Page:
Trade-offs among signal correlation, SNR, and number of snapshots for direction of arrival estimation using sparse arrays
Date of Award
Master of Science in Electrical Engineering (MSEE)
Electrical, Computer, and Biomedical Engineering
Arrays can be designed as a full array of sensors or a sparse array of sensors with an equivalent aperture. Reductions in cost, size, weight and power consumption are important factors to consider when designing an array of sensors. Sparse arrays can provide a reduction in these factors. It is important to observe the performance of sparse arrays in relation to full arrays to see if they are able to achieve similar performance. The ability for the full and sparse arrays of sensors to accurately estimate the direction of arrival (DOA) of plane waves impinging them is observed in this thesis. The Mean-squared error (MSE) of the DOA estimation is measured against the Creamer-Rao bound (CRB) as a benchmark for optimal performance for an unbiased estimator. We derive an optimal way to remove sensors for one signal impinging on an array by finding the minimum CRB. This method considers all the unique combinations a sparse array could be assembled for a given number of sensors and aperture.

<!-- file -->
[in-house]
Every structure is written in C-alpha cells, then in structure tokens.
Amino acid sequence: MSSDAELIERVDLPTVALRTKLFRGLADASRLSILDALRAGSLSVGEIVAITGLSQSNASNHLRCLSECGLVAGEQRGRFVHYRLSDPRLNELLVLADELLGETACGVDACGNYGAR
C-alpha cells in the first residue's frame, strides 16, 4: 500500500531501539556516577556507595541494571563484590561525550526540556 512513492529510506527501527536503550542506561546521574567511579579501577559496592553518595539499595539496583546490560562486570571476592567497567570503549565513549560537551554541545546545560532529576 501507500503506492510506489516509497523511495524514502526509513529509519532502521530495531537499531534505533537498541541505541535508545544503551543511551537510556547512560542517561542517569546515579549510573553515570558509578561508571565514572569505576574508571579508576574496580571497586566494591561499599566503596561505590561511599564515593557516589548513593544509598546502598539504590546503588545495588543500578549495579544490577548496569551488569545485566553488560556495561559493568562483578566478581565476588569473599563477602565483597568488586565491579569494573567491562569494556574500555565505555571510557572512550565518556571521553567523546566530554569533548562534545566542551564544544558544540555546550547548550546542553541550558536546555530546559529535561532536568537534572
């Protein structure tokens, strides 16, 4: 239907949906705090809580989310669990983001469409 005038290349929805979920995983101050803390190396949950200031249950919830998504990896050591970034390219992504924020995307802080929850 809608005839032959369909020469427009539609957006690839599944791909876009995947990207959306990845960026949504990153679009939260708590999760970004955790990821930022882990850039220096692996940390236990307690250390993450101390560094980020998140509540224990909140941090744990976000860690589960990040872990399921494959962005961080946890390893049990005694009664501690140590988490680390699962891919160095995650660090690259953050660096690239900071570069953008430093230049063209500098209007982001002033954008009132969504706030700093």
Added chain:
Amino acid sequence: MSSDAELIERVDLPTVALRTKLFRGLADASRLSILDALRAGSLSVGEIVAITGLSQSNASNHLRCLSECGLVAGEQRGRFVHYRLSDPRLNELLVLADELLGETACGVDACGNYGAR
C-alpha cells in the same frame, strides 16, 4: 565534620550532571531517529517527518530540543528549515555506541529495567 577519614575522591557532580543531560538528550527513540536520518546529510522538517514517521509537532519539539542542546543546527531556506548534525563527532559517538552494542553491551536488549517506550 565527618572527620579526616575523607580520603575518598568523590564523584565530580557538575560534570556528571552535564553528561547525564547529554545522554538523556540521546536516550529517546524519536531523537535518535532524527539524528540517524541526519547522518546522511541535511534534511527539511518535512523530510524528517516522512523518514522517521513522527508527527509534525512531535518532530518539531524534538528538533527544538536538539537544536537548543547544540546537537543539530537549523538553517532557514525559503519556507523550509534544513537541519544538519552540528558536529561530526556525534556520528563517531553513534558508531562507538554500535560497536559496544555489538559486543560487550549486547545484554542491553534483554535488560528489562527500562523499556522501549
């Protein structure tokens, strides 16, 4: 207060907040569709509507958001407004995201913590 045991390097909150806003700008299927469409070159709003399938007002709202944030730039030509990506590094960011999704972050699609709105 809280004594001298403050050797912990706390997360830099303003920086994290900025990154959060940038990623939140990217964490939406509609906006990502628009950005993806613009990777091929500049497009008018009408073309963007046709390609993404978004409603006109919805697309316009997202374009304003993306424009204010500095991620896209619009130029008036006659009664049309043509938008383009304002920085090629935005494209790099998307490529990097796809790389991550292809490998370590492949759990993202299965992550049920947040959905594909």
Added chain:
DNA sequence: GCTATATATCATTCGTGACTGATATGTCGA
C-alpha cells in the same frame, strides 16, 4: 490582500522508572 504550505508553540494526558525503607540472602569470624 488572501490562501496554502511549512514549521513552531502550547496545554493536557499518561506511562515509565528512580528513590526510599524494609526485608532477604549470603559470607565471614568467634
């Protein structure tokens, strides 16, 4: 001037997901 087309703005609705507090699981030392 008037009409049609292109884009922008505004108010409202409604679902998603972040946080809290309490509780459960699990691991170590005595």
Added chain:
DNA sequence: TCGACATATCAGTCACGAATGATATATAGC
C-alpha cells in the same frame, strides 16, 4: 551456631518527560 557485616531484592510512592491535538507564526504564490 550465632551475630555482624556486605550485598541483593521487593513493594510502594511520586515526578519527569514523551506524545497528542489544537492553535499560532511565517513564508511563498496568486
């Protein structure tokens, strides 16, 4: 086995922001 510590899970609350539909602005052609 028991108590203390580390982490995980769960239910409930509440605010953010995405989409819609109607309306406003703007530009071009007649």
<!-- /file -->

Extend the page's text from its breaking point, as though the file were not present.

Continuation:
Parameters such as number of sensors, sensor locations, signal-to-noise ratio (SNR), number of snapshots, and signal correlation affect the MSE and CRB. Through observing trends in the MSE as a result of changing these parameters we can come to conclusions to how full and sparse arrays perform as a result of adjusting these parameters. The MSE of the DOA of the full and sparse arrays is obtained through a covariance estimation from subspace-based DOA algorithms. The sample covariance and the diagonal-averaged sample covariance matrix performances are compared.
The sample covariance matrix for a full array provides the best estimations at high SNR while the diagonal-averaging method provides a more accurate estimation at low SNR. The sparse array diagonal-averaged covariance matrix estimation performs similarly to the diagonal-averaged covariance matrix of the full array, but is still slightly worse due to missing information. How sparsity affects performance was also observed. As sparsity increases for an array, the performance change is non-linear for the MSE and CRB. Increases in signal correlation cause an increase in the overall MSE and a decrease in the overall CRB for both sparse and full arrays.
Beshara-Flynn, Kevin, "Trade-offs among signal correlation, SNR, and number of snapshots for direction of arrival estimation using sparse arrays" (2022). Open Access Master's Theses. Paper 2273.